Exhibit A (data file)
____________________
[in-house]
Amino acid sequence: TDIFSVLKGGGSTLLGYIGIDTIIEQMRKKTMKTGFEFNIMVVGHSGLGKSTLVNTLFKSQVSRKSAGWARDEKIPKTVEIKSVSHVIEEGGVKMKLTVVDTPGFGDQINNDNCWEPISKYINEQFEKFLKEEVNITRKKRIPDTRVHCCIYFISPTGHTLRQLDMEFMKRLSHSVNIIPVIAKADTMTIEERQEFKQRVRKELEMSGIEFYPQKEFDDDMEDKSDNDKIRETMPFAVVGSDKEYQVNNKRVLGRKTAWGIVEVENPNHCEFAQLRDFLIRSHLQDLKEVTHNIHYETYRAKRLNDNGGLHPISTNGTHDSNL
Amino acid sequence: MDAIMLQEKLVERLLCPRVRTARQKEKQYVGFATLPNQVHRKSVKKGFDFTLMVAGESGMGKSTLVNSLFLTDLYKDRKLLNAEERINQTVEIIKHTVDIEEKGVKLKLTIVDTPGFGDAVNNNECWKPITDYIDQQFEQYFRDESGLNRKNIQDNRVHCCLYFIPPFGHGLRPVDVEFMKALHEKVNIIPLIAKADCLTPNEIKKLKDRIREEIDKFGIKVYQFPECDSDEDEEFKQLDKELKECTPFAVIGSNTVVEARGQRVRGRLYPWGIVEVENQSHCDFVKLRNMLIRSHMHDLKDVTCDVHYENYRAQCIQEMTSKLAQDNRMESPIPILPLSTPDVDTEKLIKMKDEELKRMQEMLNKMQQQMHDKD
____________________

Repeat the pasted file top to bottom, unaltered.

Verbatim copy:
[in-house]
Amino acid sequence: TDIFSVLKGGGSTLLGYIGIDTIIEQMRKKTMKTGFEFNIMVVGHSGLGKSTLVNTLFKSQVSRKSAGWARDEKIPKTVEIKSVSHVIEEGGVKMKLTVVDTPGFGDQINNDNCWEPISKYINEQFEKFLKEEVNITRKKRIPDTRVHCCIYFISPTGHTLRQLDMEFMKRLSHSVNIIPVIAKADTMTIEERQEFKQRVRKELEMSGIEFYPQKEFDDDMEDKSDNDKIRETMPFAVVGSDKEYQVNNKRVLGRKTAWGIVEVENPNHCEFAQLRDFLIRSHLQDLKEVTHNIHYETYRAKRLNDNGGLHPISTNGTHDSNL
Amino acid sequence: MDAIMLQEKLVERLLCPRVRTARQKEKQYVGFATLPNQVHRKSVKKGFDFTLMVAGESGMGKSTLVNSLFLTDLYKDRKLLNAEERINQTVEIIKHTVDIEEKGVKLKLTIVDTPGFGDAVNNNECWKPITDYIDQQFEQYFRDESGLNRKNIQDNRVHCCLYFIPPFGHGLRPVDVEFMKALHEKVNIIPLIAKADCLTPNEIKKLKDRIREEIDKFGIKVYQFPECDSDEDEEFKQLDKELKECTPFAVIGSNTVVEARGQRVRGRLYPWGIVEVENQSHCDFVKLRNMLIRSHMHDLKDVTCDVHYENYRAQCIQEMTSKLAQDNRMESPIPILPLSTPDVDTEKLIKMKDEELKRMQEMLNKMQQQMHDKD